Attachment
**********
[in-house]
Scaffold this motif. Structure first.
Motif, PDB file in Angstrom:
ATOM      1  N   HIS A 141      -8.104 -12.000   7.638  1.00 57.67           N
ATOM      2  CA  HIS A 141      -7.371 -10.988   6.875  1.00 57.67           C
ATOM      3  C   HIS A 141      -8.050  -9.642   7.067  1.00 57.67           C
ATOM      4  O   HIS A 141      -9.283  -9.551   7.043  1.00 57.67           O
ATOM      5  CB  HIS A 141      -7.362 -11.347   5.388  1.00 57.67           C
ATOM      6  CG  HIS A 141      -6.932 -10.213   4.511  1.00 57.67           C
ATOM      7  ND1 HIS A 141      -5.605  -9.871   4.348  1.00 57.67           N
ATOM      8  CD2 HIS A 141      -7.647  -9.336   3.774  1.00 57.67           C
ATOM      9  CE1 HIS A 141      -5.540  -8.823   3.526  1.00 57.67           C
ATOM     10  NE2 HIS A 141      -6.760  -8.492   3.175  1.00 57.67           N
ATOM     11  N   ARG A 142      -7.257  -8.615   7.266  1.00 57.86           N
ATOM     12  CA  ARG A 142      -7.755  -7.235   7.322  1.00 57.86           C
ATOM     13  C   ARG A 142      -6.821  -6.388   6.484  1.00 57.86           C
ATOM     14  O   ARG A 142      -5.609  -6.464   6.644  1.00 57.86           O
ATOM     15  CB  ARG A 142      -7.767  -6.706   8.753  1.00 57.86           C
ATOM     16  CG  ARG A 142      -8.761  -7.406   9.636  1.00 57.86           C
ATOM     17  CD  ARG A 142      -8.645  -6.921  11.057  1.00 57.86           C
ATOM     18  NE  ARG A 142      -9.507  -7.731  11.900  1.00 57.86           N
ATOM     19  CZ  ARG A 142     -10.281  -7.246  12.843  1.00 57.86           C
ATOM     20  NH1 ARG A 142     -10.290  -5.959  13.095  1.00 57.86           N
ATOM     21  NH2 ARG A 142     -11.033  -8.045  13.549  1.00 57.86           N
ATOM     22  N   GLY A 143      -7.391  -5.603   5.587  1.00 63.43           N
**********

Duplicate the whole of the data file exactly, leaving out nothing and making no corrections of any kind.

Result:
[in-house]
Scaffold this motif. Structure first.
Motif, PDB file in Angstrom:
ATOM      1  N   HIS A 141      -8.104 -12.000   7.638  1.00 57.67           N
ATOM      2  CA  HIS A 141      -7.371 -10.988   6.875  1.00 57.67           C
ATOM      3  C   HIS A 141      -8.050  -9.642   7.067  1.00 57.67           C
ATOM      4  O   HIS A 141      -9.283  -9.551   7.043  1.00 57.67           O
ATOM      5  CB  HIS A 141      -7.362 -11.347   5.388  1.00 57.67           C
ATOM      6  CG  HIS A 141      -6.932 -10.213   4.511  1.00 57.67           C
ATOM      7  ND1 HIS A 141      -5.605  -9.871   4.348  1.00 57.67           N
ATOM      8  CD2 HIS A 141      -7.647  -9.336   3.774  1.00 57.67           C
ATOM      9  CE1 HIS A 141      -5.540  -8.823   3.526  1.00 57.67           C
ATOM     10  NE2 HIS A 141      -6.760  -8.492   3.175  1.00 57.67           N
ATOM     11  N   ARG A 142      -7.257  -8.615   7.266  1.00 57.86           N
ATOM     12  CA  ARG A 142      -7.755  -7.235   7.322  1.00 57.86           C
ATOM     13  C   ARG A 142      -6.821  -6.388   6.484  1.00 57.86           C
ATOM     14  O   ARG A 142      -5.609  -6.464   6.644  1.00 57.86           O
ATOM     15  CB  ARG A 142      -7.767  -6.706   8.753  1.00 57.86           C
ATOM     16  CG  ARG A 142      -8.761  -7.406   9.636  1.00 57.86           C
ATOM     17  CD  ARG A 142      -8.645  -6.921  11.057  1.00 57.86           C
ATOM     18  NE  ARG A 142      -9.507  -7.731  11.900  1.00 57.86           N
ATOM     19  CZ  ARG A 142     -10.281  -7.246  12.843  1.00 57.86           C
ATOM     20  NH1 ARG A 142     -10.290  -5.959  13.095  1.00 57.86           N
ATOM     21  NH2 ARG A 142     -11.033  -8.045  13.549  1.00 57.86           N
ATOM     22  N   GLY A 143      -7.391  -5.603   5.587  1.00 63.43           N